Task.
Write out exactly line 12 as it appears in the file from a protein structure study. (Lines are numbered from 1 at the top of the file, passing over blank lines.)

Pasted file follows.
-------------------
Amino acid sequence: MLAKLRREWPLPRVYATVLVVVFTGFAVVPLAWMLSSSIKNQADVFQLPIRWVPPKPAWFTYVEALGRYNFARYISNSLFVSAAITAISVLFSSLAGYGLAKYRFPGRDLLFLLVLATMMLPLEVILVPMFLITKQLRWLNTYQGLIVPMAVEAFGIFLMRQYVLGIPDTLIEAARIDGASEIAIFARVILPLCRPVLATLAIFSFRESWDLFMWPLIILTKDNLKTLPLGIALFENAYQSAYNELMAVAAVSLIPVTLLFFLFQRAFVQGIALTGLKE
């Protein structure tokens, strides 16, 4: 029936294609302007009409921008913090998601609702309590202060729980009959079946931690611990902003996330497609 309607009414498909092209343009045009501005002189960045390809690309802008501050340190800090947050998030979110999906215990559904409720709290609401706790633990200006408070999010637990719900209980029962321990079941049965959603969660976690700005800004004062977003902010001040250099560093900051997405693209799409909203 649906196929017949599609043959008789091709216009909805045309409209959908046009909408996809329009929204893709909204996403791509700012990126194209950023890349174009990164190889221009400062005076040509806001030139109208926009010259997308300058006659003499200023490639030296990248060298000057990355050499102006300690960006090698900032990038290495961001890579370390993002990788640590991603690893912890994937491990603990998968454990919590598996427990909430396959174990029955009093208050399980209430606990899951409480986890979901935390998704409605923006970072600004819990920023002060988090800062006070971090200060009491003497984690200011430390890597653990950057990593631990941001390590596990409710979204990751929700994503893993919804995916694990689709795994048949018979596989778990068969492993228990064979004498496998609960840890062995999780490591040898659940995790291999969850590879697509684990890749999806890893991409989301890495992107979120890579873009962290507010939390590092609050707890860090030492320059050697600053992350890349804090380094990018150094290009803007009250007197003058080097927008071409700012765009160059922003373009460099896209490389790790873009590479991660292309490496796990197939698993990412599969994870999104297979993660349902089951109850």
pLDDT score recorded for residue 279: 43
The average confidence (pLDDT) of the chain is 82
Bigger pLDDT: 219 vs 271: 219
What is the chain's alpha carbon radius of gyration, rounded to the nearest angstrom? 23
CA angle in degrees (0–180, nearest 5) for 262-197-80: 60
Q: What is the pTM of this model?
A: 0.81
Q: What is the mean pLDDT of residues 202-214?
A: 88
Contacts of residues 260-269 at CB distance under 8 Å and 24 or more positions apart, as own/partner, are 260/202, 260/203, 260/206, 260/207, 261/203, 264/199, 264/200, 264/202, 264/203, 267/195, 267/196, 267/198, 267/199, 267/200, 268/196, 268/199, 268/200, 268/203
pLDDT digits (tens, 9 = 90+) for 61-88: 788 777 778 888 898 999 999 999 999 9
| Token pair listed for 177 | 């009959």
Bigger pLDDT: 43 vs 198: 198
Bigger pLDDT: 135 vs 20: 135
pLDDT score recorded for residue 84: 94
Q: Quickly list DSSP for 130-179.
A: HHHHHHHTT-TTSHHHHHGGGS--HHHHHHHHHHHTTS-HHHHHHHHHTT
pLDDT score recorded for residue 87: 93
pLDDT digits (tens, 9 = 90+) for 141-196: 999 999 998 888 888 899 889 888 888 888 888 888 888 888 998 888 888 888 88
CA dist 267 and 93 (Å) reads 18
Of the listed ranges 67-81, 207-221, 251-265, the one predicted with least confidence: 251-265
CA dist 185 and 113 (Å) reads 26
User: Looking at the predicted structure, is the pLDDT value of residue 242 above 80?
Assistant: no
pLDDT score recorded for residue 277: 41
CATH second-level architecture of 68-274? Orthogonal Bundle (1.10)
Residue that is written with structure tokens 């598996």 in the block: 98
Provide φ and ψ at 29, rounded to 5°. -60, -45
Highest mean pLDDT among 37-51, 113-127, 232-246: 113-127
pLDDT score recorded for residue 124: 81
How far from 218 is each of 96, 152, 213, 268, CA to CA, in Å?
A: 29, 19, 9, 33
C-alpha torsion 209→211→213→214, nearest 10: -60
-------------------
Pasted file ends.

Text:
Contacts of residues 260-269 at CB distance under 8 Å and 24 or more positions apart, as own/partner, are 260/202, 260/203, 260/206, 260/207, 261/203, 264/199, 264/200, 264/202, 264/203, 267/195, 267/196, 267/198, 267/199, 267/200, 268/196, 268/199, 268/200, 268/203